I was delighted that 17 walkers turned up for this walk although I wasn’t certain they had all taken in what I had said about the mud! Some of them had been rather derogatory on the train about the Essex landscape – riverside flood plain – so they may have been surprised to see the steep street as we left the station! The footpath continued uphill through Benfleet Downs and Hadleigh Country Park, part of which was used for the Olympic Games mountain bike course. The commemorative stones and cycle track could be seen away through the trees. At the beginning of the path we saw a blackthorn in bloom, which seems rather early but then the winter hasn’t been that cold (yet!). No sight of daffodils such as we saw last week nor snowdrops, first spotted on 17th January. As we gained height we were able to see between the trees over towards the Thames and the shores of Kent in the distance. The thin cloud rolled away and we were treated to blue skies all day. At the top of the hill at The Hub there were lots of children taking advantage of the biking trails and play area. We carried on to the rather calmer Hadleigh Farm Tea Rooms for an early lunch which our group described as very tasty and reasonably priced. I can vouch for the carrot cake! The estate of Hadleigh Farm was purchased well over 100 years ago and is still run by the Salvation Army. General Booth intended the colony for ‘the benefit of men who through misfortune need a helping hand’. They were trained in farming activities including livestock, arable, poultry, market gardening and orchards as well as brickmaking. There is a Rare Breeds Centre which can be visited in the summer season.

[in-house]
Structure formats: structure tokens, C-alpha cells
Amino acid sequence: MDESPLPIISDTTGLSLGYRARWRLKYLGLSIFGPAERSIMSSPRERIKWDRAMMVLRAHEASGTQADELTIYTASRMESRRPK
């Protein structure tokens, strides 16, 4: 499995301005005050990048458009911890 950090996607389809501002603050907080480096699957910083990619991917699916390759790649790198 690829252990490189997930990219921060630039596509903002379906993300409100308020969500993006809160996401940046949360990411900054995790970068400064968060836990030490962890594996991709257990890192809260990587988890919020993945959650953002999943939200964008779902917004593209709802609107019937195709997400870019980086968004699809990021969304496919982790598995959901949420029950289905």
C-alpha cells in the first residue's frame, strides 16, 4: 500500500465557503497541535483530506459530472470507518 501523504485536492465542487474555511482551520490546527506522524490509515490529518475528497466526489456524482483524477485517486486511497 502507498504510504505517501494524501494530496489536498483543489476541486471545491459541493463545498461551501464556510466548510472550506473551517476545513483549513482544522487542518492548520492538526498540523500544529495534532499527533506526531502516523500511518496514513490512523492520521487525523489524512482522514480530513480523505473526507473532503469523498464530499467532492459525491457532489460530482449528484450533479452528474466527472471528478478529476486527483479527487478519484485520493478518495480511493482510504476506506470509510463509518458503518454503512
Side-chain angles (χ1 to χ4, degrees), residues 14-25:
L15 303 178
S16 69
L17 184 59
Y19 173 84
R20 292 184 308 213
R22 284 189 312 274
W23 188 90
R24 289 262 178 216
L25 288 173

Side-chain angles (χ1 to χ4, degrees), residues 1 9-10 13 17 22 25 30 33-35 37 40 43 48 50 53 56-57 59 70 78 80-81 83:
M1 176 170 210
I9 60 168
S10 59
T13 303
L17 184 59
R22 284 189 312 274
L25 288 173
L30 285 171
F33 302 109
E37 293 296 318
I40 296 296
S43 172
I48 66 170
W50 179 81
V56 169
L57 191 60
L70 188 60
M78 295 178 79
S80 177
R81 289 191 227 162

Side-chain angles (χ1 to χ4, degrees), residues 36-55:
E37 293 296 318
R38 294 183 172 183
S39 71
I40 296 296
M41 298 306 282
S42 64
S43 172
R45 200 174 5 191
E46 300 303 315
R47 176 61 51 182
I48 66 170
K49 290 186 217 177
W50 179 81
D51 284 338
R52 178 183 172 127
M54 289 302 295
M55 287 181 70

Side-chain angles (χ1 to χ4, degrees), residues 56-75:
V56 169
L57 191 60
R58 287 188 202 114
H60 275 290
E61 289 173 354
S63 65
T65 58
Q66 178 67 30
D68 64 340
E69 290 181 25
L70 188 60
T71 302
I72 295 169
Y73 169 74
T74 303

After lunch, fortified and restored, we made our way to the ruins of Hadleigh Castle, originally built by Edward III as a defence against the French in the Hundred Years War. Having admired the view out towards the sea (no French in sight!), we made our way along the grassy ridge and down to the mud of the plain, which was still deep and marshy in parts, putting our footwear to the test! So we slipped and slid along towards Leigh-on-Sea station, where three of our number took the train back to London.The rest of us continued to Old Leigh and along the footpath to Chalkwell and then the Promenade. There was no time to stop and look for Brent Geese eating the eelgrass on the mud at low tide, so I have provided a photo I took on the walkover so people can see what I was talking about! Were the group intent on reaching the fleshpots of Southend, striding at speed through the strolling crowds past the turn-off for Westcliff? No! They rushed across the road and leaped into the lift which took them up the slope and off to the station. That left three of us lured by Sandra to visit the pier. After a short debate, we caught the train along to the far end of the pier in time for a cup of tea at sunset and then walked back with Gini who had made her way to the end on foot! That’s an extra 2.66 miles! The almost full moon was rising on our right. (Full moon the next night). A stimulating way to round off a very enjoyable day, especially in view of the forecast of Storm Ciara for the next day! Thank you to the group for making the day!